As we can see in the plots above, these different species seem to be fairly distinct in terms of their feature values.

The question then is whether we can learn a clustering approach, based on the feature data and without using the labels, that can learn a meaningful grouping of this data.

If this approach works, then we might be able to try to use it on other data, for which we have feature data, but might not be sure about the groupings present in the data.

## Apply K-Means Clustering¶

Clustering is the process of trying to learn groups algorithmically.

For this example, we are going to use the K-means clustering algorithm.

K-means attempts to group the data into `k`

clusters, and does so by labeling each data point to be in the cluster with the nearest mean. To learn the center means, after a random initialization, an iterative procedure assigns each point to a cluster, then updates the cluster centers, and repeats, until a final solution is reached.

```
# Pull out the data of interest - Petal Length & Petal Width
d1 = np.array(iris.data[:, pl_ind])
d2 = np.array(iris.data[:, pw_ind])
```

### Whitening Data¶

In this example, we are using two features (or two dimensions) of data.

One thing to keep in mind for clustering analyses, is that if different dimensions use different units (or have very different variances), then these differences can greatly impact the clustering.

This is because K-means is isotropic, which means that it treats different in each direction as equally important. Because of this, if the units or variance of different features are very different, this is equivalent to weighting certain features / dimensions as more or less important.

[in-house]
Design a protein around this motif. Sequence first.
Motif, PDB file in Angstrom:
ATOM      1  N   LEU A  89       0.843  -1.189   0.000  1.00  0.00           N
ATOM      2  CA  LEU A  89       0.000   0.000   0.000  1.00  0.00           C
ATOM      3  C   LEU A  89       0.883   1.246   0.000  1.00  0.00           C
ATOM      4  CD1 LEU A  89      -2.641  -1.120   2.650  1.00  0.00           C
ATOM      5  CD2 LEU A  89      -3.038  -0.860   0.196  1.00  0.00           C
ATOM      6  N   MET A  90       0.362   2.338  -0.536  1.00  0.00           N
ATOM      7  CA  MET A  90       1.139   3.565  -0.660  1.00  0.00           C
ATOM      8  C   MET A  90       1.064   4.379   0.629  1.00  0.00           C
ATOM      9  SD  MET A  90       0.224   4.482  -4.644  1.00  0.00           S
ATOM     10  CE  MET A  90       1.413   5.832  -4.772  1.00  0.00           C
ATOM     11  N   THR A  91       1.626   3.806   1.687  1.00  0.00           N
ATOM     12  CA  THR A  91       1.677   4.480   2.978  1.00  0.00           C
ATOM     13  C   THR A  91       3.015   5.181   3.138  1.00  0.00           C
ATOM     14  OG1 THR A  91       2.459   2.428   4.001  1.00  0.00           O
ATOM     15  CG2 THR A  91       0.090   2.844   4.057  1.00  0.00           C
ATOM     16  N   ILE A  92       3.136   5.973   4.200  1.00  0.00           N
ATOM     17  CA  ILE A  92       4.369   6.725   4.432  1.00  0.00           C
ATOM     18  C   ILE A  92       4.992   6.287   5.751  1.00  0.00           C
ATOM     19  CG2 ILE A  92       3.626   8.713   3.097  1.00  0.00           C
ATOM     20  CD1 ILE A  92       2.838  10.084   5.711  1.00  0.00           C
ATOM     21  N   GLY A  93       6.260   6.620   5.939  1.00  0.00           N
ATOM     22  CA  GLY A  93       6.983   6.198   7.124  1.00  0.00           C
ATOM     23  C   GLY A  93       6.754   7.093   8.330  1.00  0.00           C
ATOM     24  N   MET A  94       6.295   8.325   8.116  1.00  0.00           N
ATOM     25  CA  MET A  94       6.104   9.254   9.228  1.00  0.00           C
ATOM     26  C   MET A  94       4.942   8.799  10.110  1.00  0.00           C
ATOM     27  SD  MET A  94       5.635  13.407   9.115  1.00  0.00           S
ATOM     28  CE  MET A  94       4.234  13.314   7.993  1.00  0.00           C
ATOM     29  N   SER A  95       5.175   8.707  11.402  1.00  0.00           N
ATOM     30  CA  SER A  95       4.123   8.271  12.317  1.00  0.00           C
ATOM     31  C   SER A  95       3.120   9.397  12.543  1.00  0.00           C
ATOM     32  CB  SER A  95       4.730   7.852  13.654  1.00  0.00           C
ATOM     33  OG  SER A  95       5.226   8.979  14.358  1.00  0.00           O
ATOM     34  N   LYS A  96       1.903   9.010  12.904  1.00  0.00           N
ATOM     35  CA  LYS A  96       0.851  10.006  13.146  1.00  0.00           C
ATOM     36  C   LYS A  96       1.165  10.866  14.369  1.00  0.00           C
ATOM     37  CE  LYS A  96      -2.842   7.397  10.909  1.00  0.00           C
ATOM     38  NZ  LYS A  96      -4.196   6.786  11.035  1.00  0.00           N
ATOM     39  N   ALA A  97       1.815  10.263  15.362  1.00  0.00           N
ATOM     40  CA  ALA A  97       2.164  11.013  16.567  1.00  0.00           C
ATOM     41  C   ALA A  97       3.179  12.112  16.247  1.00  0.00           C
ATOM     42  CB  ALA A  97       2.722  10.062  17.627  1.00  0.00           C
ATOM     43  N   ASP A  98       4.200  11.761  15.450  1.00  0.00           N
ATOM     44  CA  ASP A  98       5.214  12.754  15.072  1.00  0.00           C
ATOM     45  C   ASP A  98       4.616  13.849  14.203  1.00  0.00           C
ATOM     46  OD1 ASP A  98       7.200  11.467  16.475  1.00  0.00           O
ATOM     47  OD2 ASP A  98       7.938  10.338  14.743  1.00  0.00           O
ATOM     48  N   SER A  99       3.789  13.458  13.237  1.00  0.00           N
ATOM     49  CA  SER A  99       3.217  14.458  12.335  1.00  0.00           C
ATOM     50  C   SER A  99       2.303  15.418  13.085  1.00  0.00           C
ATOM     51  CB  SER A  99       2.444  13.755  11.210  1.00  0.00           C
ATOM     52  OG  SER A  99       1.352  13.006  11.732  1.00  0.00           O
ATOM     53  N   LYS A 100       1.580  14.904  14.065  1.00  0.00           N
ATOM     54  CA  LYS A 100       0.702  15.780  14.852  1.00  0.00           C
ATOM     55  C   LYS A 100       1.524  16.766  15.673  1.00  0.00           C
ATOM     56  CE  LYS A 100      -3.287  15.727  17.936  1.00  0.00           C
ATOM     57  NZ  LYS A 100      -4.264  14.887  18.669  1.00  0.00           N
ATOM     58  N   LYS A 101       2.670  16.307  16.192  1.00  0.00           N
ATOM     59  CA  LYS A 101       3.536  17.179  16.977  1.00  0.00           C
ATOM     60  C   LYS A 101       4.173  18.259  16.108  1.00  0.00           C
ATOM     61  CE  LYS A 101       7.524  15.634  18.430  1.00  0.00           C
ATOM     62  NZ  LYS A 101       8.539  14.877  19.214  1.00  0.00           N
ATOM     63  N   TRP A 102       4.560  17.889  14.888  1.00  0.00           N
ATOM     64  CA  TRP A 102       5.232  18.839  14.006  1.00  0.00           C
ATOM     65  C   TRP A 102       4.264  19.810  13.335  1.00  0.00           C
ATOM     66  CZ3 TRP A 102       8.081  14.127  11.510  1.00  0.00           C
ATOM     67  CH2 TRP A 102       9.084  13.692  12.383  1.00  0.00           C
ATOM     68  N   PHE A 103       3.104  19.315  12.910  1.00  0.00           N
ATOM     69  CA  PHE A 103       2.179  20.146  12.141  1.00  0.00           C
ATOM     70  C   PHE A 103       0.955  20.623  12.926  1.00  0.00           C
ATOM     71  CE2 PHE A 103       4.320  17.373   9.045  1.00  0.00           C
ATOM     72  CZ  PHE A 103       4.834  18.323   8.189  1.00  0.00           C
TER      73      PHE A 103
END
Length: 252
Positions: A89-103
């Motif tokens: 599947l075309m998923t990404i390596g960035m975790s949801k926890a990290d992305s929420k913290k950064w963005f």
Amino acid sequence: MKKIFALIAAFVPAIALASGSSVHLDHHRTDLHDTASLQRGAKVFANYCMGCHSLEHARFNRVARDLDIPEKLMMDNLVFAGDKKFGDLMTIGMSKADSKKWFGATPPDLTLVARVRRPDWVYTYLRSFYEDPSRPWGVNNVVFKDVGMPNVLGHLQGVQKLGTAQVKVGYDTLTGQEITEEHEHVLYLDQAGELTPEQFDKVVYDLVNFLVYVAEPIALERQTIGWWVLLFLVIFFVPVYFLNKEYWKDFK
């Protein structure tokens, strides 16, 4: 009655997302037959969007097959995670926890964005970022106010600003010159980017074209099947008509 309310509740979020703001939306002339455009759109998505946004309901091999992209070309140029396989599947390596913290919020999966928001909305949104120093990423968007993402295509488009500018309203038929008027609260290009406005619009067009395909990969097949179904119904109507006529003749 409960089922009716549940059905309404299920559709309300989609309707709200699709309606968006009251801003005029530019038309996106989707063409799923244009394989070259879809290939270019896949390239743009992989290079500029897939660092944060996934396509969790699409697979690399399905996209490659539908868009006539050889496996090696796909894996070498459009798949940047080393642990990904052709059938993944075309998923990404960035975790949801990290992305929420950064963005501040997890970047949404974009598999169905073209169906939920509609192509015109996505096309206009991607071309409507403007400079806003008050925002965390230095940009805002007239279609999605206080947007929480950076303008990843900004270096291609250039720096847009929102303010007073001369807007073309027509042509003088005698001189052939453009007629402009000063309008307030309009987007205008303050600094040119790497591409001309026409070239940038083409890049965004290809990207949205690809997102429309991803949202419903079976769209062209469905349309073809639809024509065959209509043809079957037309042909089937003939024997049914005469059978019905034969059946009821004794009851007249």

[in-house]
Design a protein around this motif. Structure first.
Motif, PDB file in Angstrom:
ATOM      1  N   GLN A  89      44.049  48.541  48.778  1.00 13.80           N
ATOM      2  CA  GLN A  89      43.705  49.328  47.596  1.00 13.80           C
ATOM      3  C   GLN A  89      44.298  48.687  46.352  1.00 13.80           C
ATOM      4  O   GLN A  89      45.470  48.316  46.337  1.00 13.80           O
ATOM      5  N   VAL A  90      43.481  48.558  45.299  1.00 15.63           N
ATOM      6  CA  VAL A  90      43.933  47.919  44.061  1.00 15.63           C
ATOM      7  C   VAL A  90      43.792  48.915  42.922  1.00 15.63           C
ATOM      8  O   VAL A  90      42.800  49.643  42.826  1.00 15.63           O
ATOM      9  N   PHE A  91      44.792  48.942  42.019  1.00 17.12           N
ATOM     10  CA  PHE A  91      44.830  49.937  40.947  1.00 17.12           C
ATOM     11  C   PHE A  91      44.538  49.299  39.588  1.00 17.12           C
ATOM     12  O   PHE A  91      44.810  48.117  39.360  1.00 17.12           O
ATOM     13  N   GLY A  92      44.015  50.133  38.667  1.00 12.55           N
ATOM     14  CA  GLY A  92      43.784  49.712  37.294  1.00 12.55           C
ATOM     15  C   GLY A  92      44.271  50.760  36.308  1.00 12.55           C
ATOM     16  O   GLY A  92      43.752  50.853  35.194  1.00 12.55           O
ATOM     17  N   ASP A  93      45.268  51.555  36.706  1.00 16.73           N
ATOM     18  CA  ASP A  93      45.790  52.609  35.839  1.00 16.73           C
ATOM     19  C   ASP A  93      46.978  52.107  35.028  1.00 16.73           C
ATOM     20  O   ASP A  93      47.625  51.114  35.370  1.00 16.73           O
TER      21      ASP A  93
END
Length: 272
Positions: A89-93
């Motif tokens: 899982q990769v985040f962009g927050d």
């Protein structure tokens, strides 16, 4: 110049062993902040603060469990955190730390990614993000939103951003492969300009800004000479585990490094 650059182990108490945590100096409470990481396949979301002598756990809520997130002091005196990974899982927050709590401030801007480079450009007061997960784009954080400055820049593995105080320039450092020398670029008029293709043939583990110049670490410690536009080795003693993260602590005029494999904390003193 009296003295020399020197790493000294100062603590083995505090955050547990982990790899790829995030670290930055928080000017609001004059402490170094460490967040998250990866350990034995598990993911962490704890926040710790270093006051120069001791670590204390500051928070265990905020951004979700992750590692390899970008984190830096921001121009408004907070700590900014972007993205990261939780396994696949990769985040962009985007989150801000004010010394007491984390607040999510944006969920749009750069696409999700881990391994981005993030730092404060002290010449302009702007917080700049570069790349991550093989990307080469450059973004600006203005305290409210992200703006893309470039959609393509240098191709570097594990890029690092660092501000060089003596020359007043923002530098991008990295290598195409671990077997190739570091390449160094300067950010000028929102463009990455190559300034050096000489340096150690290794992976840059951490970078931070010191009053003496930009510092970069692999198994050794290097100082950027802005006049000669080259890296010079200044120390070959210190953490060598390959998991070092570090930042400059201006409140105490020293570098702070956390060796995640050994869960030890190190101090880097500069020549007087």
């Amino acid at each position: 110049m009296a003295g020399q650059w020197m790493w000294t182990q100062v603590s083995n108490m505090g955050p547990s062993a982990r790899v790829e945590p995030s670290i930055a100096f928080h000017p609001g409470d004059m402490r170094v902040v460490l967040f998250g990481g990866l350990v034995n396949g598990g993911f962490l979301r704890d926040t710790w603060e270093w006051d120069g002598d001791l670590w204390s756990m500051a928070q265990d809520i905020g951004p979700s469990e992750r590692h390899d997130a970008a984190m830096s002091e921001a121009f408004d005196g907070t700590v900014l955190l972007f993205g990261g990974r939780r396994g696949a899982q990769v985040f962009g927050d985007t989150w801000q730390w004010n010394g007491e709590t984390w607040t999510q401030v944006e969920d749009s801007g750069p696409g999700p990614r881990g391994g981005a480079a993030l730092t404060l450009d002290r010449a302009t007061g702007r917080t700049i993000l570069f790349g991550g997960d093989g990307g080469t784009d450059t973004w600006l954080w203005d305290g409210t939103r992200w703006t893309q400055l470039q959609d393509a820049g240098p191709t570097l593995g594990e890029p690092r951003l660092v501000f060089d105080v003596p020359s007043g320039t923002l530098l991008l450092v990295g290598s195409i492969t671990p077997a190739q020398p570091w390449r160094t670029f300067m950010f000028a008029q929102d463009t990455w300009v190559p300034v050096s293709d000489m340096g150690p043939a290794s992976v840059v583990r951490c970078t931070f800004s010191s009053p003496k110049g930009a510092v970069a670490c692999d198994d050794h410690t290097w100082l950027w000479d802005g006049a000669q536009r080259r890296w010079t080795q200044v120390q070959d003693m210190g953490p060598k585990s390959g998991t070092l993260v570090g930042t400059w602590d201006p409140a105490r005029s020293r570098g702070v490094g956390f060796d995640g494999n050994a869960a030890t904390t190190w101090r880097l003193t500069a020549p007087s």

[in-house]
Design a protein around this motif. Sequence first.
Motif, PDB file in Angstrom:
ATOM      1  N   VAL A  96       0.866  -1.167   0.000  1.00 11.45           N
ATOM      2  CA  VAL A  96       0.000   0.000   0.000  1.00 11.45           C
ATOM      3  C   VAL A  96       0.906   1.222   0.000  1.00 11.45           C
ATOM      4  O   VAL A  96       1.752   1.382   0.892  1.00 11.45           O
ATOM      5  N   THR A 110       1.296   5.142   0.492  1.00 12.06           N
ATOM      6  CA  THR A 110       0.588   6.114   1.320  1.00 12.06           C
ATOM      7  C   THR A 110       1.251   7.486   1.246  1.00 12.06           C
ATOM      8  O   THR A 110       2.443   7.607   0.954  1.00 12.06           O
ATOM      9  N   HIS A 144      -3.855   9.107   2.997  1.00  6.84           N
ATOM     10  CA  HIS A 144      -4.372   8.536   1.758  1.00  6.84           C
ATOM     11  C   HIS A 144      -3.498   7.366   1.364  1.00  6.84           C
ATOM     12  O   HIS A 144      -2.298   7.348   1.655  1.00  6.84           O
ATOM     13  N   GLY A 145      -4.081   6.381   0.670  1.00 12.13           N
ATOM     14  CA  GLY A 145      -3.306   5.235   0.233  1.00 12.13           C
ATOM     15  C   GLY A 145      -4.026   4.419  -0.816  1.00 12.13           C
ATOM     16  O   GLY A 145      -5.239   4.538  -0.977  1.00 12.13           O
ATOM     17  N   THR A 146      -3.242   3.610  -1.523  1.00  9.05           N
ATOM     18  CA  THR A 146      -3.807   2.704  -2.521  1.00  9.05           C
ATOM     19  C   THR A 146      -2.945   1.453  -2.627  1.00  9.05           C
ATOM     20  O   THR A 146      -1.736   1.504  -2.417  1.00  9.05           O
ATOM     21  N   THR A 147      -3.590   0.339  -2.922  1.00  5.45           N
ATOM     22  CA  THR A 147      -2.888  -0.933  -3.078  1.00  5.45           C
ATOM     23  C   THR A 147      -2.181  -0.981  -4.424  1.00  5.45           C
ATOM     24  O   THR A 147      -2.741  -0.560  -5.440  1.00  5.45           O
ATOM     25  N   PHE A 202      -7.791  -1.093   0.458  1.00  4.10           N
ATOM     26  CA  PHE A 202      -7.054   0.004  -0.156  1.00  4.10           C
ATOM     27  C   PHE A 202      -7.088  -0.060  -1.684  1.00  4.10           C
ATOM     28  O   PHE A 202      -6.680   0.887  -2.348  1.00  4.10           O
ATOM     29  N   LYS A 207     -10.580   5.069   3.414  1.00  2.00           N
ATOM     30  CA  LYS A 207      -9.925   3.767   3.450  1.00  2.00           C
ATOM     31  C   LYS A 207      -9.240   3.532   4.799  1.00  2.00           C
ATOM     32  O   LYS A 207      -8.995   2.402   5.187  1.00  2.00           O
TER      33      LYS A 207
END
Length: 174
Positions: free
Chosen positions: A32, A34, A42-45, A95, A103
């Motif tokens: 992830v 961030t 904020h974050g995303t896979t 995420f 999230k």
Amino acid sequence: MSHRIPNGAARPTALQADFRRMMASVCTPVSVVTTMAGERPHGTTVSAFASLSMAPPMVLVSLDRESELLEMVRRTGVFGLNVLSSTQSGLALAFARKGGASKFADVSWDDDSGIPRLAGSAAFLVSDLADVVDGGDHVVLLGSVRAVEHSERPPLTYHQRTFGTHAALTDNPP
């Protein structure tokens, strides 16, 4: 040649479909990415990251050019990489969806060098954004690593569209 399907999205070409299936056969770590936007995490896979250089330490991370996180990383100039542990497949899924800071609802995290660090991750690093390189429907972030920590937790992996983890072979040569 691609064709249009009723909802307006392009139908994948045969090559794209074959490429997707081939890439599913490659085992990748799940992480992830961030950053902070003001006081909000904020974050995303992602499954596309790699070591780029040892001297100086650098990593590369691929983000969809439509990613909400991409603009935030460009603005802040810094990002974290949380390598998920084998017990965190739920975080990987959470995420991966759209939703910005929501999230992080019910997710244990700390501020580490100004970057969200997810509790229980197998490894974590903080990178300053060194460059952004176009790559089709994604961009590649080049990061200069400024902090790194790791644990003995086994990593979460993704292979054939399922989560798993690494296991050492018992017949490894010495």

To correct for this it is common, and sometimes necessary to ‘whiten’ the data. ‘Whitening’ data means normalizing each dimension by it’s respective standard deviation. By transforming the data to be on the same scale (have the same variance), we can ensure that the clustering algorithm treats each dimension with the same importance.

```
# Check out the whiten function
whiten?
```

```
# Whiten Data
d1w = whiten(d1)
d2w = whiten(d2)
```

```
# Combine data into an array to use with sklearn
data = np.vstack([d1w, d2w]).T
```

```
# Initialize K-means object, and set it to fit 3 clusters
km = KMeans(n_clusters=3, random_state=13)
```

```
# Fit the data with K-means
km.fit(data)
```

```
KMeans(algorithm='auto', copy_x=True, init='k-means++', max_iter=300,
n_clusters=3, n_init=10, n_jobs=None, precompute_distances='auto',
random_state=13, tol=0.0001, verbose=0)
```

```
# Let's check out the clusters that KMeans found
plt.scatter(d1, d2, c=km.labels_);
# Add title, labels and legend
plt.title('Iris Data: PL vs. PW Clustered', fontsize=16, fontweight='bold')
plt.xlabel('Petal Length (cm)', fontsize=14);
plt.ylabel('Petal Width (cm)', fontsize=14);
```

In the plot above, each data point is labeled with it’s cluster assignment, that we learned from the data.

In this case, since we do already know the species label of the data, we can see that it seems like this clustering analysis is doing pretty well! There are some discrepancies, but overall a K-means clustering approach is able to reconstruct a grouping of the datapoints, using only information from a couple of the features.

## Other Clustering Approaches¶

Clustering is a general task, and there are many different algorithms that can be used to attempt to solve it.

For example, below are printed some of the different clustering algorithms and approaches that are available in sklearn.

```
print('Clustering approaches in sklearn:')
for name in dir(cluster):
if name[0].isupper():
print(' ', name)
```

```
Clustering approaches in sklearn:
AffinityPropagation
AgglomerativeClustering
Birch
DBSCAN
FeatureAgglomeration
KMeans
MeanShift
MiniBatchKMeans
OPTICS
SpectralBiclustering
SpectralClustering
SpectralCoclustering
```